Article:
The ERV-E family consists of more than 1,300 elements subdivided into LTR2, LTR2B and LTR2C (1921). Of these elements only a few were proviruses, like ERV-E at chromosome 6q15 and ERV-E 4-1 at chromosome 19p12. However, neither of the latter coded for a full length env (e.g. ERV-E6q15 env and ERV-E4-1 env codes for ORFs of 211 and 427 amino acids, respectively). Several ERVs, especially ERV-E 6q15, have been found activated in renal cell cancer (RCC) and correlated with an immunotherapy response (20, 2225). Specifically, the ERV-E6q15 provirus encodes a highly immunogenic 10 amino acid (aa) peptide considered as a tumor-specific antigen (22). Interestingly, this 10 aa peptide was detected in the blood of a patient with RCC following an allogeneic hematopoietic stem cell transplantation, which led to patient tumor cell killing in vitro (22).

RCC is among the ten most common cancers for both men and women with an approximate 76% overall survival (OS) of 5 years, but only 12% of patients with metastatic stage IV disease (26). An increased risk for RCC includes smoking (3-fold), obesity, hypertension, diet and alcohol. Additionally, older age, genetic predisposition syndromes such as Von Hippel-Lindau (VHL) disease as well as male gender also predispose for RCC (26, 27). Histological subtypes include clear cell renal cell carcinomas (ccRCC), which comprise 75-80% of all kidney tumors, as well as papillary, chromophobe and others. One hallmark of ccRCCs are deletions of chromosome 3p, which eminently result in the loss of the VHL tumor suppressor gene (27, 28). VHL gene mutations but also hypermethylation of the VHL promoter contribute to attenuating its tumor suppressor mechanisms.

Research has intensified to understand ERV protein function as well as their role as tumor antigens being targets for cancer immune therapy. In this investigation we focused on ERV-K env RNA and protein expression and function in RCC as well as the importance of ERV-K env for prognosis of patients with RCC.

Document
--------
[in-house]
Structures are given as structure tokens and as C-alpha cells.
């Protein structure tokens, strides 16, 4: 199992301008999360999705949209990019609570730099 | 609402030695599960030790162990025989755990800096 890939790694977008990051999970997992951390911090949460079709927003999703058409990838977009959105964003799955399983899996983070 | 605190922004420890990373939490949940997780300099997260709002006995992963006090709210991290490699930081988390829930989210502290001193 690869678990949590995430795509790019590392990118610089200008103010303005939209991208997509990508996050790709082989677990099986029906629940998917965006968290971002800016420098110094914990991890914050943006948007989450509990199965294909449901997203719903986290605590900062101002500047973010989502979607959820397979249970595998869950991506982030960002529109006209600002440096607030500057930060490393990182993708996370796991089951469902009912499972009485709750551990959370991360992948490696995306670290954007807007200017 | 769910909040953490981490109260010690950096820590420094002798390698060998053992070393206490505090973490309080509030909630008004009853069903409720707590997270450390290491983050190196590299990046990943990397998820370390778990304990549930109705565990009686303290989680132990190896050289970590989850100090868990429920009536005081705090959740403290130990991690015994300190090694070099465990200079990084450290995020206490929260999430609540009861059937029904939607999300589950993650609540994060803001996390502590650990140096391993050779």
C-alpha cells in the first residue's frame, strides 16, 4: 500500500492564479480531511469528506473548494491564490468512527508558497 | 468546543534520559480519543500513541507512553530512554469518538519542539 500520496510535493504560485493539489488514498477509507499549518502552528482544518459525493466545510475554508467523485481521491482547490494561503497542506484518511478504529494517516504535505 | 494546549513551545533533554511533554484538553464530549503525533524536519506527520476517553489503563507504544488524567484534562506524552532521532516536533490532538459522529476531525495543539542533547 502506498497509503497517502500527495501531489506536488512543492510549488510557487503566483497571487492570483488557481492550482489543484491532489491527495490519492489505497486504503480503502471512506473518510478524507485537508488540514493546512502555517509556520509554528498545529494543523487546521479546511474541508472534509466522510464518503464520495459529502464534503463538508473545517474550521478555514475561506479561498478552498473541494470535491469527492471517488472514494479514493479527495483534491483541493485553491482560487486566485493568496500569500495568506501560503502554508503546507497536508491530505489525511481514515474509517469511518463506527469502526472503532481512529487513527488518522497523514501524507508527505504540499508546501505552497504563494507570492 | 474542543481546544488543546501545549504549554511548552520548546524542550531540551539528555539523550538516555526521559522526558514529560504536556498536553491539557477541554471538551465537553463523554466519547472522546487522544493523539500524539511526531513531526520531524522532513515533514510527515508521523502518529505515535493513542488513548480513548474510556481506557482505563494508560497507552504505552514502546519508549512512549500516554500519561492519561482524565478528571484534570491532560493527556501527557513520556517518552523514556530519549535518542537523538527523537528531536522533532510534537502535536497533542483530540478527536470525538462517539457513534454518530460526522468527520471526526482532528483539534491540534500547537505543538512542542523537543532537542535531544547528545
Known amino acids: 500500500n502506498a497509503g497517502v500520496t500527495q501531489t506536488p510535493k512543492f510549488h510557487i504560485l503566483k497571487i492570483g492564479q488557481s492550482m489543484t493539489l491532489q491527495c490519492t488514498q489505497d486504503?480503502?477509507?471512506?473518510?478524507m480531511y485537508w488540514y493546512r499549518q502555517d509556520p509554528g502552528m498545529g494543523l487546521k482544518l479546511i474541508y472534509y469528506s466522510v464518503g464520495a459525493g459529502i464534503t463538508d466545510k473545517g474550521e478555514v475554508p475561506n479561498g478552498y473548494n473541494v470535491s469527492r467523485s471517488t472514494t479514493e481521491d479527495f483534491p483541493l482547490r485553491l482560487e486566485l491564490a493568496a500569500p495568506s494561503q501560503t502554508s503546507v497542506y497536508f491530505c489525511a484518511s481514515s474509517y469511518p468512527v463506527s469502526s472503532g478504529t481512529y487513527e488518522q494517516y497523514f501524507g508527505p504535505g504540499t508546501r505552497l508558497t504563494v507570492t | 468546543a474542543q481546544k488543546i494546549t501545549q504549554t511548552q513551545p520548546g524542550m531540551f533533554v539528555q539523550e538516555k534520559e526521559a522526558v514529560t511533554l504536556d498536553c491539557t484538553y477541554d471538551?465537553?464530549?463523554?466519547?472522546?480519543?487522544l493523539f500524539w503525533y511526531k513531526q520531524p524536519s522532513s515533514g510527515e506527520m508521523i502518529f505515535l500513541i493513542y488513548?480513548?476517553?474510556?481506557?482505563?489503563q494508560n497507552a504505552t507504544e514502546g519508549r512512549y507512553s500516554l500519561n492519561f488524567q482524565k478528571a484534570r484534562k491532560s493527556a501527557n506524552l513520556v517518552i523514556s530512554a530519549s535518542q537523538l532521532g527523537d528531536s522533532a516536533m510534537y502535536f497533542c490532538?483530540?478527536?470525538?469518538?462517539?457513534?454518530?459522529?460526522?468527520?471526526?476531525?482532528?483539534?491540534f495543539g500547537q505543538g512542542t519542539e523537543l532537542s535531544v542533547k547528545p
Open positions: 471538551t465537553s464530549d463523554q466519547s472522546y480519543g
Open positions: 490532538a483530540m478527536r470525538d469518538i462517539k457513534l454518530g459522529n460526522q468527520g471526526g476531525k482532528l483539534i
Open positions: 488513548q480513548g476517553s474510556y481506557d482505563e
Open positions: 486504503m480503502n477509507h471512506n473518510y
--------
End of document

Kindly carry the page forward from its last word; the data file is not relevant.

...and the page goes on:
Materials and Methods

RCC Tissue Microarray, Pathological and Patient Clinical Results

The present study was approved by the Ethics Commission of the FA-University of Erlangen-Nuernberg (# 3755). The procedures were performed in accordance with the ethical standards established in the 1964 Declaration of Helsinki and later amendments. All patients gave written consent for the use of their tumor material. We implemented an RCC TMA, which contained 453 tissues derived from formalin-fixed and paraffin-embedded tumors as previously described (29). The resection date ranged from 1998 to 2011. The TMA was reviewed by three Uropathologists (VW, ME, AH) to verify tumor histology according to the latest WHO classification of 2016 (30). All tumor tissues of the TMA represented regions from the tumor center. Among the 453 cases we excluded 79 cases due to tumor absence from multiple tissue block usages overtime. Therefore, for this present study we analyzed 374 tumors, of different RCC subtypes including ccRCC (n= 288), papillary (type I (n= 18); type II (n= 27), chromophobe (n= 27), ccRCC with sarcomatoid features (n= 8), and others (n= 6). Patient survival data was updated in 2019 with follow-up data available for 314 patients (84%), with a median potential follow-up time of 65.5 months. Pathological and clinical parameters and follow-up patient survival data in months are shown in Supplementary Table 1.